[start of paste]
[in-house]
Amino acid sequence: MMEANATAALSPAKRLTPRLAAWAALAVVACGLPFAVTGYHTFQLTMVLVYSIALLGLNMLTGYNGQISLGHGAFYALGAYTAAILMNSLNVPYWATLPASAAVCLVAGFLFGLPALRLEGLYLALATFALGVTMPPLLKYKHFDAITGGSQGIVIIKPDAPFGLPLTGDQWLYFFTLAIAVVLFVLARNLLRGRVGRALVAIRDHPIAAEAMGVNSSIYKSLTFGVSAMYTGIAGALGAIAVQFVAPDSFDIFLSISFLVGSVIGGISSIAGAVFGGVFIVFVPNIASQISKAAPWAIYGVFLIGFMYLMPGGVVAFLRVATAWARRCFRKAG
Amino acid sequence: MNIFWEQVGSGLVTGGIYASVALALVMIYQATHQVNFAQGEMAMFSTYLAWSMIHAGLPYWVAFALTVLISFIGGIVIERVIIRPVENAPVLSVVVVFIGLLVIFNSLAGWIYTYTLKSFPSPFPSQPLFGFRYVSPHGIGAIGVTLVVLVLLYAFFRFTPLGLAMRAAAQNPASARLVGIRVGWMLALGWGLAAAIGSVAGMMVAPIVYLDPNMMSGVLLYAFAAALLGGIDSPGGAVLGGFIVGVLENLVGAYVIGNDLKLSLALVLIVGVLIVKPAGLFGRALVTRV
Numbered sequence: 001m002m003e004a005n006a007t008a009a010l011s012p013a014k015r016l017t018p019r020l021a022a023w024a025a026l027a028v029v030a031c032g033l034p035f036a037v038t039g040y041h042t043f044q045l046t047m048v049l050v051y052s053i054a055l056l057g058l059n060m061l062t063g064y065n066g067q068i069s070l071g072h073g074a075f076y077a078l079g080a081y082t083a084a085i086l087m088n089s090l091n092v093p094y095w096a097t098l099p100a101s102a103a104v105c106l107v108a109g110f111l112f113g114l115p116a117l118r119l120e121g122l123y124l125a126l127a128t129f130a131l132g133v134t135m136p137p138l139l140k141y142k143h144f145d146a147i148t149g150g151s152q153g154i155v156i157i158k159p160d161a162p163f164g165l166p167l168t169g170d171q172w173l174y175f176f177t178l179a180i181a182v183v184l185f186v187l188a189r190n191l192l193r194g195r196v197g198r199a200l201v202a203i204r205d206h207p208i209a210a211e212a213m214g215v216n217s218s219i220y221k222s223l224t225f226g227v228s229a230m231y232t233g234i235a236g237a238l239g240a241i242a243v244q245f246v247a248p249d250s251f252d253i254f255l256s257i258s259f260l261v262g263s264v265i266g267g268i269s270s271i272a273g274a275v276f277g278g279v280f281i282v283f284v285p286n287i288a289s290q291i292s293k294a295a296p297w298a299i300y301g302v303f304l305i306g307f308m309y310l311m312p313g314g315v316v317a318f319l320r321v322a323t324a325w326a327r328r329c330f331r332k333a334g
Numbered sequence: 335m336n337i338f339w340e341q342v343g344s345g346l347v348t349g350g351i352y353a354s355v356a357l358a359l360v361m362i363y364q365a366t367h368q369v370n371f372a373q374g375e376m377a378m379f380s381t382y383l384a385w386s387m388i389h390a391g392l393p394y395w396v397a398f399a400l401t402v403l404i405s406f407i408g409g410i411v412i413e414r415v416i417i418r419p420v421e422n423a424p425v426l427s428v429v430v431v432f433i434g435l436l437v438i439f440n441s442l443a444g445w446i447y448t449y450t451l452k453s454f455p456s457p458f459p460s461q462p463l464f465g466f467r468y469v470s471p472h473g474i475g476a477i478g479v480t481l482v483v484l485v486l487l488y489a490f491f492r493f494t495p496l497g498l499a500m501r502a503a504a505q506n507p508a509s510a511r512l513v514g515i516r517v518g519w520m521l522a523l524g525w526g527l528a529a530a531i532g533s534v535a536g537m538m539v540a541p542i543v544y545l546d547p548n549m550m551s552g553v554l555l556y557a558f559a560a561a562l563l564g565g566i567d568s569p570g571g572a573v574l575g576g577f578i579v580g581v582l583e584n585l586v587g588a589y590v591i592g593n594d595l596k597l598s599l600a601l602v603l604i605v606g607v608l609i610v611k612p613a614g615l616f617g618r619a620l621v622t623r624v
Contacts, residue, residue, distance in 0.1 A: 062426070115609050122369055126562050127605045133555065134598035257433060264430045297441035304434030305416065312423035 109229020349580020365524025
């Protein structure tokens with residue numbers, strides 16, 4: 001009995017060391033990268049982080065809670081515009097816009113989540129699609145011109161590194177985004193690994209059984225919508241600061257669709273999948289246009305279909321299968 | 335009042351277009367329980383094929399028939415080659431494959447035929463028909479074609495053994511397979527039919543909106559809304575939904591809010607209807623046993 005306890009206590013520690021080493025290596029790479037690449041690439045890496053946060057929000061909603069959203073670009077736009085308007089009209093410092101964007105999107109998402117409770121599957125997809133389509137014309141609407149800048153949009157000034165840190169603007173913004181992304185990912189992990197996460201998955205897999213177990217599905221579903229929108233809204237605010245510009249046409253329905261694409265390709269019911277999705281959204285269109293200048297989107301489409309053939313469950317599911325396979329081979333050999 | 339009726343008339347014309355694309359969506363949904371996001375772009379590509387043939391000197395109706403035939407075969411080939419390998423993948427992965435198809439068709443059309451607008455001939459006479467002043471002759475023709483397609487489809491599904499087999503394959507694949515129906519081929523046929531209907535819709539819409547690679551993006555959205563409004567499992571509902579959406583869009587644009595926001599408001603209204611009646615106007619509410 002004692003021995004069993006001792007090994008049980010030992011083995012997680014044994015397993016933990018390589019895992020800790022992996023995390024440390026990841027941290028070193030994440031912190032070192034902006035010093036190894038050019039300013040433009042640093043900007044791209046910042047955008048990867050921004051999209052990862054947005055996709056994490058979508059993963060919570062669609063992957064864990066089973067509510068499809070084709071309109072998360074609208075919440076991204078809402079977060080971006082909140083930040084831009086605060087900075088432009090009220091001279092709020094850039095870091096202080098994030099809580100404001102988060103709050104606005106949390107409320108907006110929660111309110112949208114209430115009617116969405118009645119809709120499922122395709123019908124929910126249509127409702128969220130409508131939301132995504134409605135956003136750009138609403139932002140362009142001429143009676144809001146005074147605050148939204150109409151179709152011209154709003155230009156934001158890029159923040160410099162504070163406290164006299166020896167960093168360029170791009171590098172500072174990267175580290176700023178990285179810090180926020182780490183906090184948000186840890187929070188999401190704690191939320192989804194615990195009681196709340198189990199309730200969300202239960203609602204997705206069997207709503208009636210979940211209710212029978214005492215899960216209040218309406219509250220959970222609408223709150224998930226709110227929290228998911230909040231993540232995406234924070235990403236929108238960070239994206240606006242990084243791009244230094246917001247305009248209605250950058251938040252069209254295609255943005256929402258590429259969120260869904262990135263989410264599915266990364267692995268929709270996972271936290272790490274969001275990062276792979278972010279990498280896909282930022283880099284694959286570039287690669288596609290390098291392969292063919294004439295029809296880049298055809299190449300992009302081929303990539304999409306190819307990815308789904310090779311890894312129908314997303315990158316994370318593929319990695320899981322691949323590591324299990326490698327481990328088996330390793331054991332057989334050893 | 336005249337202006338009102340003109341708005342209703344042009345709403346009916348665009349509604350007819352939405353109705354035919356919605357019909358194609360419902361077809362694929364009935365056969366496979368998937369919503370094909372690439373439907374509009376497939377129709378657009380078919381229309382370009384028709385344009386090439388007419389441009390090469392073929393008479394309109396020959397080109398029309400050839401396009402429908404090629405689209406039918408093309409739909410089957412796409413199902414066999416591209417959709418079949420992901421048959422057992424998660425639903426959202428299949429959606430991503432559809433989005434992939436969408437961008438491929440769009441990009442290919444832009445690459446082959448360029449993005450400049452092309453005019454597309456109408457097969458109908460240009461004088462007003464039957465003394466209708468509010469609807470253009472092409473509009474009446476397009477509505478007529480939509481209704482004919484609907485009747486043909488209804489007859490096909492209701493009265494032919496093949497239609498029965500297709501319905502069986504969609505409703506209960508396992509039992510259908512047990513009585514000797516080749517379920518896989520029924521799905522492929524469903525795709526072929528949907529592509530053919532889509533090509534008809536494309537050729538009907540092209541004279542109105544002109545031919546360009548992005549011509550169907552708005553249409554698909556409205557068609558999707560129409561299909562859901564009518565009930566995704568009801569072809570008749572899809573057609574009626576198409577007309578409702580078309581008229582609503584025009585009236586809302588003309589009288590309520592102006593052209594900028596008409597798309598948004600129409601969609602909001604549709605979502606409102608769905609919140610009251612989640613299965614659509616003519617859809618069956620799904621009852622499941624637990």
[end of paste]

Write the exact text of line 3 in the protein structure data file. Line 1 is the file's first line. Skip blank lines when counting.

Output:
Amino acid sequence: MNIFWEQVGSGLVTGGIYASVALALVMIYQATHQVNFAQGEMAMFSTYLAWSMIHAGLPYWVAFALTVLISFIGGIVIERVIIRPVENAPVLSVVVVFIGLLVIFNSLAGWIYTYTLKSFPSPFPSQPLFGFRYVSPHGIGAIGVTLVVLVLLYAFFRFTPLGLAMRAAAQNPASARLVGIRVGWMLALGWGLAAAIGSVAGMMVAPIVYLDPNMMSGVLLYAFAAALLGGIDSPGGAVLGGFIVGVLENLVGAYVIGNDLKLSLALVLIVGVLIVKPAGLFGRALVTRV